Answer to Question #11781 Submitted to "Ask the Experts"

Category: Medical and Dental Patient Issues — Diagnostic X Ray and CT

The following question was answered by an expert in the appropriate field:


My daughter recently had elbow radiographs. The settings were 60 kilovolts potential (kVp) and 2.5 milliamps (mA). Her head was only about 0.3 meter (m) away from the tube. I am wondering how much leakage would there be at this distance? I found online that the legal amount of tube leakage would be 1 millisievert (mSv) per hour at 1 m. The tube end had a red line (minus) that was by her head. I want to know what her possible head dose could be from what might have come from the tube. I tried to do the calculation and came up with 16 mSv per second at 0.3 m.


The amount of leakage radiation your daughter was exposed to was miniscule.

Leakage radiation is limited by regulation to 100 milliroentgens per hour (mR h-1) at 1 m.* This is equal to 0.875 milligray per hour (mGy h-1). The maximum leakage is created when the x-ray tube is operated at its highest tube voltage and at a tube current that it can continuously operate. For diagnostic radiographic equipment these are usually 150 kVp and 3–5 mA, respectively. Diagnostic x-ray tubes are shielded such that the actual maximum leakage is between one-half and one-tenth of the limit. At a tube voltage of 60 kVp, the shielding is much more effective. In fact, leakage radiation decreases by more than eight orders of magnitude when comparing leakage at 150 kVp to leakage at 50 kVp. That's 100 million times less. Unfortunately, I do not have ready access to the difference between 150 kVp and 60 kVp, but it should be clear that the dose rate is very, very low.

When we design shielding for an x-ray room, we take leakage into consideration. The average amount of leakage from all types of procedures is used when making this assessment. That average is 0.00014 mGy per patient at 1 m. This includes procedures done at more than 60 kVp, so it is an overestimate of the dose per patient. Now all we need to do is correct for distance. Radiation dose rates decrease with the square of the distance. This means that if you double the distance the dose rate goes down by four, if you triple the distance, the dose rate goes down by nine. In this case, as you go from 1 m to 0.3 m, the dose rate goes up by a factor of approximately 11. The dose per patient is then 0.0015 mGy. Remember, the dose to your daughter's head was less than this.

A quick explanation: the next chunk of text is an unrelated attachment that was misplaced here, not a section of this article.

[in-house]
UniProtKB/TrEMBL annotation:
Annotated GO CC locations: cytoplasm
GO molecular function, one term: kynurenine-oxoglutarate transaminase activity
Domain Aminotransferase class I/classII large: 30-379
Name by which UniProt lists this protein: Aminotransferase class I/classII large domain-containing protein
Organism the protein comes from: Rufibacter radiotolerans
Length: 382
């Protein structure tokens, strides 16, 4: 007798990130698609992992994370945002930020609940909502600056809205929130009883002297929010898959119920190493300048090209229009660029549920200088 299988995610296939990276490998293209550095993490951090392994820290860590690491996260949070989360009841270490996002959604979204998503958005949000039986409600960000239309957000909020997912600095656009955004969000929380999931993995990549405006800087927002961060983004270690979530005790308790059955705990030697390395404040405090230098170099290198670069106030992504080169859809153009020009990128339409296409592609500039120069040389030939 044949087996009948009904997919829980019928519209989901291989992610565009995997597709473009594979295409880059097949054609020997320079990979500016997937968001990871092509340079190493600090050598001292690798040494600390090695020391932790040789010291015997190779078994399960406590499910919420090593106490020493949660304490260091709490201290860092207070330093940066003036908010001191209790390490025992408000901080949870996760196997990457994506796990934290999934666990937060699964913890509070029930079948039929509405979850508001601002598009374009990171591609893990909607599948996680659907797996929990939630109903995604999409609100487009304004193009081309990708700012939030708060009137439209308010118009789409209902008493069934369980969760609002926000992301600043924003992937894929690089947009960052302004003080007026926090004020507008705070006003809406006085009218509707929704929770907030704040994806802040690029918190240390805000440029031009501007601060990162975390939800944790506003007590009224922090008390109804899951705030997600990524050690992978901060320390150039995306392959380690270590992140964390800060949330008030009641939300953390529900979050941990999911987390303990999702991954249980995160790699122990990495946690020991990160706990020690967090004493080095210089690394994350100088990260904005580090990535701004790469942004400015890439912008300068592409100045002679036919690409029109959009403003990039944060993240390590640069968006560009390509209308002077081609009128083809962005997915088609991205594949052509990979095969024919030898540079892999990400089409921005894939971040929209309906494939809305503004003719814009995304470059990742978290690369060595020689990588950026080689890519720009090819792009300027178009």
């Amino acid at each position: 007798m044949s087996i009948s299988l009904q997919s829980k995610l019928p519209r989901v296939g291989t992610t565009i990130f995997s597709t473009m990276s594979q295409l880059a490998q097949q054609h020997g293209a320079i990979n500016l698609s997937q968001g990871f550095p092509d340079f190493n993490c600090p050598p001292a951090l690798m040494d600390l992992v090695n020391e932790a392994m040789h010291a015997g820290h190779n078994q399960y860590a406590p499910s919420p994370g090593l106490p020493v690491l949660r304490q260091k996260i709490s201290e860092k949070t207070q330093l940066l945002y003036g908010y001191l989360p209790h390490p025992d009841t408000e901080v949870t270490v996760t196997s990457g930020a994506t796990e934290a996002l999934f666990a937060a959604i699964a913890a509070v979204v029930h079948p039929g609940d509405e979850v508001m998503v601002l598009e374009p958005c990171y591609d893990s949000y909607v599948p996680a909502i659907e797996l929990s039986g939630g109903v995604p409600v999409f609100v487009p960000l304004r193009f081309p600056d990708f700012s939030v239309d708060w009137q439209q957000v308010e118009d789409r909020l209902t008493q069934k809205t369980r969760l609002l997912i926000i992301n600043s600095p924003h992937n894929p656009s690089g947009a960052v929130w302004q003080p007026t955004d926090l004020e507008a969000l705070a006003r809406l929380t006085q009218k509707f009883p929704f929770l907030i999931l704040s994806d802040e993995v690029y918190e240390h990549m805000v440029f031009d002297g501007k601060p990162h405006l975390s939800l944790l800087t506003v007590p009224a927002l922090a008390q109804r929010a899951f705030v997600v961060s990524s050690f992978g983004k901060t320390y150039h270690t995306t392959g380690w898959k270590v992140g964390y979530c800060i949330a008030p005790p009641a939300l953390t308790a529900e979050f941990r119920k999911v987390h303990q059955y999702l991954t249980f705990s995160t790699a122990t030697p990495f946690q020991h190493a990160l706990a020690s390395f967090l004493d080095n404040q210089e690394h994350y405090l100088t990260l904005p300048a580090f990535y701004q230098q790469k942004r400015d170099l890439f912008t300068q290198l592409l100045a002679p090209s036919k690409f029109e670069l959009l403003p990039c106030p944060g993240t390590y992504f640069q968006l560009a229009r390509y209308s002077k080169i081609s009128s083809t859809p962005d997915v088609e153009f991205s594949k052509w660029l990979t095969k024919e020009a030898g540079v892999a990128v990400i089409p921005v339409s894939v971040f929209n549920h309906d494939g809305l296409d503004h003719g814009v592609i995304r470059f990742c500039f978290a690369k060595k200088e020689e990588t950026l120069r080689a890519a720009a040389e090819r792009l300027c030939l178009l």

Finally, we want to convert from mGy to effective dose in mSv. If we make the worst-case assumption that your daughter's entire body and not just her head was exposed to leakage radiation of 0.0015 mGy, then the effective dose would be 0.0015 mSv. With all the worst-case assumptions made in this calculation, her dose from leakage radiation was easily 10 to 100 times less than this. 

For perspective, one receives an effective dose from radiation sources in nature of about 0.008 mSv each day one lives on earth. That's five times the overestimate made above. And health effects from radiation exposure have not been seen below 100 mSv. 

The small line that you described could be the indicator of the position of the focal spot (where x rays are generated). In the pictures below of two different x-ray units, the cylindrical part is the x-ray tube housing, the cube below it is the collimator which is used to adjust the size of the beam, and the red arrow points to the focal spot indicator.

Kent Lambert, CHP, FHPS

* The limit for leakage radiation is given here in units of mR h-1 (called traditional units) because that is the unit used by the regulatory agency. However, the Health Physics Society has adopted the SI (International System) of units, and these units are given in the subsequent sentence.

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